So thinking of Johnson and Smith, we got to thinking, what defines athleticism and why are some players who jump well not great basketball players and why some who are not good leapers turn out to be terrific players?

First, let’s define what basketball is and what the sports is with regards to the human anatomy. No, we’re not talking about “the team with the most points wins” we’re talking about the necessary body movements to play the game. Basketball is a repetitive series of movements going from a relaxed position to explosive moment. You run, relax, and explode and do it all over again for 32, 40 or 48 minutes. It obviously helps if you can change direction in the midst of your explosive movement. Another way of saying this is stops-and-starts, which is one of the keys to basketball. Those players who are adept at stopping quickly, without awkward movements or stutter-stepping, and then able to explode out of that stationary position, usually end up the best players as long as they work on their other basic skills such as dribbling and shooting.

It’s easy to see when a player is not a leaper or doesn’t move with alot of explosion. Scouts can easily point these players out, but in the same token can over-value jumping ability. Now, we evaluate young players who can jump more than ever, and there seems to be more of them than ever. Even girls are dunking in high school now! But we see more wild, out of control players more than ever, too. In layman’s terms, some kids can’t stop, hence they are wild, get called for offensive charging often and look out of control on the court. Some are even D1-bound players. Other kids can’t explode and at some level of the game, especially in a half court setting, it will catch up to them. Smooth stop-and-starts keeps the defense honest. Because the defensive player doesn’t know where the offensive player is going, and is backpedaling, while the offensive player is moving forward, the offensive player will always have a degree of an advantage if he or she understands the concept of stop and starts and smoothing them out and exploding from the stationary position. Sometimes that stationary position is just a split second, but it causes the defender to stop and when that player does, the offensive player has a tremendous advantage.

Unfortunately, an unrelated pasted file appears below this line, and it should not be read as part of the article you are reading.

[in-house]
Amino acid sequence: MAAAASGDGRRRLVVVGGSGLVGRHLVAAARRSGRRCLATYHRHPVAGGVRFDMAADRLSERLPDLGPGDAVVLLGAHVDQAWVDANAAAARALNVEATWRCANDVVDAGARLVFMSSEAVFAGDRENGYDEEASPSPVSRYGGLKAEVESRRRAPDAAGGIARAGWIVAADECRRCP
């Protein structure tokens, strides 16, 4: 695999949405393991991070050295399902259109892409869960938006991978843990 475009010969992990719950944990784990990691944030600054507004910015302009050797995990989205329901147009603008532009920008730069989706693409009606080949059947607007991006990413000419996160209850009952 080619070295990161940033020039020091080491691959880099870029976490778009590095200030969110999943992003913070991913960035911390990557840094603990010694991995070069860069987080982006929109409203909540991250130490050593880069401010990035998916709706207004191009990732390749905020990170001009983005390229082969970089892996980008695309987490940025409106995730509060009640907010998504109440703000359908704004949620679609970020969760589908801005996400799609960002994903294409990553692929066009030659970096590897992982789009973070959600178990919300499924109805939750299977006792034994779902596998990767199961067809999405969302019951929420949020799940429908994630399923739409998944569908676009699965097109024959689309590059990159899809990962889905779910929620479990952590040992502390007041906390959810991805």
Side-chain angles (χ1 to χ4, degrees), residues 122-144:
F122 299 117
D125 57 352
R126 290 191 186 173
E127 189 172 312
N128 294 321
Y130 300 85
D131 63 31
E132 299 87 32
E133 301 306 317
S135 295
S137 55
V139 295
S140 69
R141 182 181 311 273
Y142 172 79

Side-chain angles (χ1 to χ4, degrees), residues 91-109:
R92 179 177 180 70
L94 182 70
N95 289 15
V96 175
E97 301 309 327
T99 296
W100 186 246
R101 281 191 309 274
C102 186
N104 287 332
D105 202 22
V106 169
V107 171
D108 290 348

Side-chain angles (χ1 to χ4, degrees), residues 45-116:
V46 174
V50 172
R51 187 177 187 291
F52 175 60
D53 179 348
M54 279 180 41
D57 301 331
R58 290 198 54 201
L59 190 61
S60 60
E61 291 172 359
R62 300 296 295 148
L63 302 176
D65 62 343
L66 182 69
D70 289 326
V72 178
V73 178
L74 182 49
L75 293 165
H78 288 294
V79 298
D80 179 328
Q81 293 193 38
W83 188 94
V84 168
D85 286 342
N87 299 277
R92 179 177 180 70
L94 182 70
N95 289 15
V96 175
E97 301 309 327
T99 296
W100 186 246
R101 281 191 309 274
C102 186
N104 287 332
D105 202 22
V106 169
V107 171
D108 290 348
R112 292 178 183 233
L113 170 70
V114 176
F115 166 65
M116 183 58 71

Stop and starts that are quality are sometimes referred to as a "smooth game" or as a player who is difficult to speed up. Having a change of pace game is a terrific asset that helps keeps defenders at bay. That aspect of the game can be improved upon with smooth stops and explosive first steps (i.e. starts). Now some excellent players are not particularly explosive, but they usually have a nice change-of-pace to their offensive game and never seem rattled, out of position or out of control. A good example of this is former NBA guard and Utah standout Andre Miller.

“In the Paint” podcast host and former WNBA player Chelsea Hopkins mentioned changing direction and the manner in which it’s done, along with using coordination to adjust when the initial move is cut off, in defining what athleticism is to her. The former point guard mentioned how important it is to reach your peak speed in the fastest manner (or shortest amount of steps possible) and that relates back to stops and starts. The faster you explode off your pivot foot and get to top speed will better your chances to beat defenders and have them at your mercy.